California can now start jailing people that refuse to use the preferred gender pronouns of nursing home residents after Democratic Gov. Jerry Brown signed the bill Thursday.
The law’s effect is limited to nursing homes and other long-term care facilities, but mandates that those who “willfully and repeatedly” refuse “to use a transgender resident’s preferred name or pronouns” can be slapped with a $1,000 fine and up to one year in prison, according to the California Health and Safety Code.
Known as the “LGBT Senior Bill Of Rights,” the legislation also requires nursing homes and care facilities to allow residents to use the bathroom of their choice, regardless of biological sex. The bill’s author, state Sen. Scott Wiener, D-San Francisco, argues that religious views don’t hold weight in public areas.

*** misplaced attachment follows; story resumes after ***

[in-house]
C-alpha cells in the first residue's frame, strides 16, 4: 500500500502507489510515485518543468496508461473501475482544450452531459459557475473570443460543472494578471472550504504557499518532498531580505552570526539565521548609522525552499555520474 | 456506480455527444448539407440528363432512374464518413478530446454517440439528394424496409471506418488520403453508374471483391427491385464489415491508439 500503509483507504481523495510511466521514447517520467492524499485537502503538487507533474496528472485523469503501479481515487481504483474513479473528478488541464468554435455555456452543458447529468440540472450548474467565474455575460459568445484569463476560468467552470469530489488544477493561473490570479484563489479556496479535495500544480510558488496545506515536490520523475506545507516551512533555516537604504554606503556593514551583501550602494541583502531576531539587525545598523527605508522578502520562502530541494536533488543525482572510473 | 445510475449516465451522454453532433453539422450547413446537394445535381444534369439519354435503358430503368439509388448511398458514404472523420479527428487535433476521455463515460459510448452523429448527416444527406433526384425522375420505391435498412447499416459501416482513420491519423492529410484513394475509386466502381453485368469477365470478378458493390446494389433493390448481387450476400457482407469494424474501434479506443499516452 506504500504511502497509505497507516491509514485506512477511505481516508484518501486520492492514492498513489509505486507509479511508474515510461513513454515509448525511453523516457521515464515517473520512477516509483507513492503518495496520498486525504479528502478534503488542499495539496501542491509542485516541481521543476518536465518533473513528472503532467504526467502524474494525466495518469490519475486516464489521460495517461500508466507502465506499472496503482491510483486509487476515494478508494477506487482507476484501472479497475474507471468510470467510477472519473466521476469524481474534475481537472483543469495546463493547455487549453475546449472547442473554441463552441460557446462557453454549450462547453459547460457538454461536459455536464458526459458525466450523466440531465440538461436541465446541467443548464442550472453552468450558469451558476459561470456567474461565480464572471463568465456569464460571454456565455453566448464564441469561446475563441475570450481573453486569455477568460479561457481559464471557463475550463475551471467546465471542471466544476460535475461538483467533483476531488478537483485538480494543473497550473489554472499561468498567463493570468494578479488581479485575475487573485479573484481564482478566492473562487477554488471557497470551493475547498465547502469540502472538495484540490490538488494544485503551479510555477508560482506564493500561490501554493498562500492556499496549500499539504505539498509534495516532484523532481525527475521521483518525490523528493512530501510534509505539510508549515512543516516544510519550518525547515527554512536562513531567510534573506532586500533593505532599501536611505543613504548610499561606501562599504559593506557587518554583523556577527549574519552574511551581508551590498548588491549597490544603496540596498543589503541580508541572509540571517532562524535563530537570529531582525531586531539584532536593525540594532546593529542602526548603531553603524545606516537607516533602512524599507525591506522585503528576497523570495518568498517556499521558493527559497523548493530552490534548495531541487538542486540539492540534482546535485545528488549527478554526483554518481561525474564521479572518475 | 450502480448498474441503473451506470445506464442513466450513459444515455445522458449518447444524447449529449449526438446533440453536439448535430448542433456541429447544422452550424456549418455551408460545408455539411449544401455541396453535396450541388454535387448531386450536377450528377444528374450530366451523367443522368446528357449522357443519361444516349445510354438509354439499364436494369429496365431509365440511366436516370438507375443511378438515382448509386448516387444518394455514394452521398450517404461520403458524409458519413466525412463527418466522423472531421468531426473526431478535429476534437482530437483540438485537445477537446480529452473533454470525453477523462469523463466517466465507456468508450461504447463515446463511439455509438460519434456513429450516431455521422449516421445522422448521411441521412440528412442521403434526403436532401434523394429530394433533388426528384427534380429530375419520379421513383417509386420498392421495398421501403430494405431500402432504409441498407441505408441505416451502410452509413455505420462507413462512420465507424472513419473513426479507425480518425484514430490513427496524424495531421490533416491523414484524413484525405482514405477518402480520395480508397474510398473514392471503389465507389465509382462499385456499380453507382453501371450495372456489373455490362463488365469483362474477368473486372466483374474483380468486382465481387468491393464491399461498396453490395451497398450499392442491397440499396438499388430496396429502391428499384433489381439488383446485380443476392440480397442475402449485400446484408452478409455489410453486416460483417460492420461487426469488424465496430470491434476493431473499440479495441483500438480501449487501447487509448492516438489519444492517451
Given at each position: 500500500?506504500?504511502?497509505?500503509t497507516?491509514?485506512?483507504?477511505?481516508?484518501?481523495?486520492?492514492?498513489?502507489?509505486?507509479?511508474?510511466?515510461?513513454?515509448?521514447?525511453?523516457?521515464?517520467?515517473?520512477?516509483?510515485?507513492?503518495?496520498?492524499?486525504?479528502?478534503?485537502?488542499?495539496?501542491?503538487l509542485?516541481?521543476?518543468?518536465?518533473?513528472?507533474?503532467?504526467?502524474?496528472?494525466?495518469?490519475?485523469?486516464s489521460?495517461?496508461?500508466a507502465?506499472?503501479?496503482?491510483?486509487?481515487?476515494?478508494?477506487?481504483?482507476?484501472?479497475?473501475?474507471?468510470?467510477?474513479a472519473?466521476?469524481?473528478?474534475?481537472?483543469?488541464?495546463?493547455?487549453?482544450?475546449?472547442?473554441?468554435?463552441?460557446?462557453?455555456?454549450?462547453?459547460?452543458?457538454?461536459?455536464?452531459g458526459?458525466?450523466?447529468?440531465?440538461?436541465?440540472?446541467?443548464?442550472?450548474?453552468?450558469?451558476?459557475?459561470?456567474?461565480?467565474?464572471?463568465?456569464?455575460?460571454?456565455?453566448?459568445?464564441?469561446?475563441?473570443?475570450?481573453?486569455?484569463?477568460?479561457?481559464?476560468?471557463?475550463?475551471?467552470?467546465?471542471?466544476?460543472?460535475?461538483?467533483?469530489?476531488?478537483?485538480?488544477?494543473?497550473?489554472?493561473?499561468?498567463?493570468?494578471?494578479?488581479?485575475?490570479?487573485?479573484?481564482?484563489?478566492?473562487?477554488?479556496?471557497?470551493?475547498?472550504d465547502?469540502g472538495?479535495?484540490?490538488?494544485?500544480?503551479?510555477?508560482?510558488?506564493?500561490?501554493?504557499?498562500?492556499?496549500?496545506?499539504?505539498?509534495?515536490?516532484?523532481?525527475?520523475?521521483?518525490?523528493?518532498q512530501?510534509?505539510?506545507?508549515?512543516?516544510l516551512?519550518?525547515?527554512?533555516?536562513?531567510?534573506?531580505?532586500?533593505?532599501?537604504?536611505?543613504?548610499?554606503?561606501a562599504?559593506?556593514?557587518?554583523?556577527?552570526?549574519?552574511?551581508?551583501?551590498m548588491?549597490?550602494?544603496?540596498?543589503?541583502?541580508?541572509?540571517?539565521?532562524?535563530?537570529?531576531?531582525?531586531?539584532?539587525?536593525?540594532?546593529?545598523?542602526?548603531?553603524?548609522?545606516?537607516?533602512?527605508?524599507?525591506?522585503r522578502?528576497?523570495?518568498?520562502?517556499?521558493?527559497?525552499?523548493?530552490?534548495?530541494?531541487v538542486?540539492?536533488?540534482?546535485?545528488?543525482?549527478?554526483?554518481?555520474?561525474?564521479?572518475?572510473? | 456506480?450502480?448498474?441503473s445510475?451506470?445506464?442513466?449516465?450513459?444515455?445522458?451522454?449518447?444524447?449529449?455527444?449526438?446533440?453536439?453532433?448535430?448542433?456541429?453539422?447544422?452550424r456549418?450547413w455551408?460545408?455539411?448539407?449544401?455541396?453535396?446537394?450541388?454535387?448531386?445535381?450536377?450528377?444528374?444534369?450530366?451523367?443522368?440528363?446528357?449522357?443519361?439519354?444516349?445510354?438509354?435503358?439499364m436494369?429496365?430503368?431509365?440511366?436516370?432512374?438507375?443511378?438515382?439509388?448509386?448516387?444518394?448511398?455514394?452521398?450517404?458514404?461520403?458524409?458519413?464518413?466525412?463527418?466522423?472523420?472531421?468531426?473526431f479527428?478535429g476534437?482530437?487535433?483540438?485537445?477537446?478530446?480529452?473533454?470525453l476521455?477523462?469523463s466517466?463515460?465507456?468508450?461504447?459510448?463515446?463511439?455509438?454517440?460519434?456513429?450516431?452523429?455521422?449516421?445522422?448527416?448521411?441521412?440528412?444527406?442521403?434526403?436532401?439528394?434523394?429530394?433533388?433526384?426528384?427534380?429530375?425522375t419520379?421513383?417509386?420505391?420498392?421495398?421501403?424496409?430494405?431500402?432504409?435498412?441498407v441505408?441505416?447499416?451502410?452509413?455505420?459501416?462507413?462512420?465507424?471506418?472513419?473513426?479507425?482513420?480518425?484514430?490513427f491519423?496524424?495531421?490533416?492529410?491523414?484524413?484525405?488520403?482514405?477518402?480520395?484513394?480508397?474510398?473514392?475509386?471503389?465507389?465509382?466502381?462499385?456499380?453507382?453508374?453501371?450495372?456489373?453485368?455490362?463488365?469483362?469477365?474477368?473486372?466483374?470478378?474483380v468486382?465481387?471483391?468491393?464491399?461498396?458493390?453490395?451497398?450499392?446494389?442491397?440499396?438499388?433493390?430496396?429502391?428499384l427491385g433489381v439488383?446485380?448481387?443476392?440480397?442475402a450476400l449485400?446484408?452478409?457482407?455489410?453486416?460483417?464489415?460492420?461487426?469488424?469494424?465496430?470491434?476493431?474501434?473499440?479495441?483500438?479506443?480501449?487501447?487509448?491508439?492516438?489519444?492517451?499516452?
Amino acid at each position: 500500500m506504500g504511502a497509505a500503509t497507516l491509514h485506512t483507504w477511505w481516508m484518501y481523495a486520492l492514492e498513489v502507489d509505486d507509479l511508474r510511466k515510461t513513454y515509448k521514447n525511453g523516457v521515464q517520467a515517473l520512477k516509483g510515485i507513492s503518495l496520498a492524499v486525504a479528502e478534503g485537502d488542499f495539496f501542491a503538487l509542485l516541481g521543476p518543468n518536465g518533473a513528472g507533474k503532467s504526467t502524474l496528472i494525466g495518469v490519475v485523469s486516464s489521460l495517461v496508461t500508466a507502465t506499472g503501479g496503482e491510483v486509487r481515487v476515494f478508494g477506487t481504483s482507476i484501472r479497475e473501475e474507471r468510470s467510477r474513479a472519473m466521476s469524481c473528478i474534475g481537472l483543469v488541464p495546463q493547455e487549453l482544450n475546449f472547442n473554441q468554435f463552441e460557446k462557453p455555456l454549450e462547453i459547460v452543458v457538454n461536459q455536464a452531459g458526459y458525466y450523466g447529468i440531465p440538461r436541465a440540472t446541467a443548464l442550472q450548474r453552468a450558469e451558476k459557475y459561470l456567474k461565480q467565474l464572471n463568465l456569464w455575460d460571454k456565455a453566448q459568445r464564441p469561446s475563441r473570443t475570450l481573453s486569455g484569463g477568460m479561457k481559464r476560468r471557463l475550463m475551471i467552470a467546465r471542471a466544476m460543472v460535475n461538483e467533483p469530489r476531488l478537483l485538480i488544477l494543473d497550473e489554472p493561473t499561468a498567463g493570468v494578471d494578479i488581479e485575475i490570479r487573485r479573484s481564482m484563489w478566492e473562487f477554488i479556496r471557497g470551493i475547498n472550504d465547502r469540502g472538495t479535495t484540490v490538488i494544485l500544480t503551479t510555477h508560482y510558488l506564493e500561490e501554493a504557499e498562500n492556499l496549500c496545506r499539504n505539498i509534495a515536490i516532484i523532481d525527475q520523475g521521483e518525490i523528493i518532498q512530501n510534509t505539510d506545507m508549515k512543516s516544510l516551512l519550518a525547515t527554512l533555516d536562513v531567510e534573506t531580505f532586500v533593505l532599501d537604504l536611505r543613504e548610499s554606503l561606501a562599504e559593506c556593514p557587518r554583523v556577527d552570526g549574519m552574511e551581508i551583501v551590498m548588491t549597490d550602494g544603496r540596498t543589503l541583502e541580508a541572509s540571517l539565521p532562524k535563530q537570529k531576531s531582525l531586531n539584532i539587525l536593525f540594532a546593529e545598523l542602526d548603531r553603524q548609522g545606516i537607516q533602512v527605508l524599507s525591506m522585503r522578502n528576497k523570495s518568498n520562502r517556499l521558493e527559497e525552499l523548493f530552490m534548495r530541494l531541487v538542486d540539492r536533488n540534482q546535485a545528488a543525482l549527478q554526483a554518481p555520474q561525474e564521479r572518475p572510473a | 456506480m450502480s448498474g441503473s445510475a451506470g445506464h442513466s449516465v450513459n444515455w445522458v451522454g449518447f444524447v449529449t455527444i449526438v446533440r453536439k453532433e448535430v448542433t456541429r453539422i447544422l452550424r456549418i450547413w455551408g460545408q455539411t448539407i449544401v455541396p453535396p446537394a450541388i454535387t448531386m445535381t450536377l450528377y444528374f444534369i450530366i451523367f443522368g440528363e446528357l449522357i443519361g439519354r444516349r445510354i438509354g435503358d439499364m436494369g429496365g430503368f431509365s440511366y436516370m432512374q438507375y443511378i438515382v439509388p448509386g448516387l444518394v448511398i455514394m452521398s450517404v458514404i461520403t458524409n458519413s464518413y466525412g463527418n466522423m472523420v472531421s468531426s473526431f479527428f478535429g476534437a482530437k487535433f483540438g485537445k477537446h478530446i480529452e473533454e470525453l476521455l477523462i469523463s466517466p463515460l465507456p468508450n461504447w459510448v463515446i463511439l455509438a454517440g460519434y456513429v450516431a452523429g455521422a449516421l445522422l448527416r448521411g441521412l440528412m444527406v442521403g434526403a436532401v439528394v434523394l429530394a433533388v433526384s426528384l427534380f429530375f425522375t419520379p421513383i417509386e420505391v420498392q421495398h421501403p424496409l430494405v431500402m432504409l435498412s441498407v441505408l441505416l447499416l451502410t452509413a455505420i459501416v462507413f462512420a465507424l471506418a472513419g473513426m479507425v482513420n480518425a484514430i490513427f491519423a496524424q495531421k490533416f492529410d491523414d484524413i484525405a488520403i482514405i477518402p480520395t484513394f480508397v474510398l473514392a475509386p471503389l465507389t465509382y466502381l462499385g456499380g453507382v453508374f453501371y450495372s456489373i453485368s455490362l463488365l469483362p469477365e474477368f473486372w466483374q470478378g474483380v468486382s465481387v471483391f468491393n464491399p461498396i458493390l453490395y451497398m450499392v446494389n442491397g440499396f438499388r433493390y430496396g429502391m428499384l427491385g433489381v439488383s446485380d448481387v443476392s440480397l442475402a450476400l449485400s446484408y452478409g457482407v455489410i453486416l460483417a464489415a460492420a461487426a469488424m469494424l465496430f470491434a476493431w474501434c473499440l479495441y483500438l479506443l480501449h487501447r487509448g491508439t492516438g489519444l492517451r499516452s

“Everyone is entitled to their religious view,” Wiener said. “But when you enter the public space, when you are running an institution, you are in a workplace, you are in a civil setting, and you have to follow the law.”
Wiener also released a statement thanking Brown for signing the bill.
“Our LGBT seniors built the modern LGBT community and led the fight for so many of the rights our community takes for granted today. It is our duty to make sure they can age with the dignity and respect they deserve,” Wiener wrote. “I want to thank Governor Brown for joining our coalition in supporting this bill, which will make a real difference in people’s lives. The LGBT Senior Bill of Rights is an important step in our fight to ensure all people are treated equally regardless of their sexual orientation or gender identity.”
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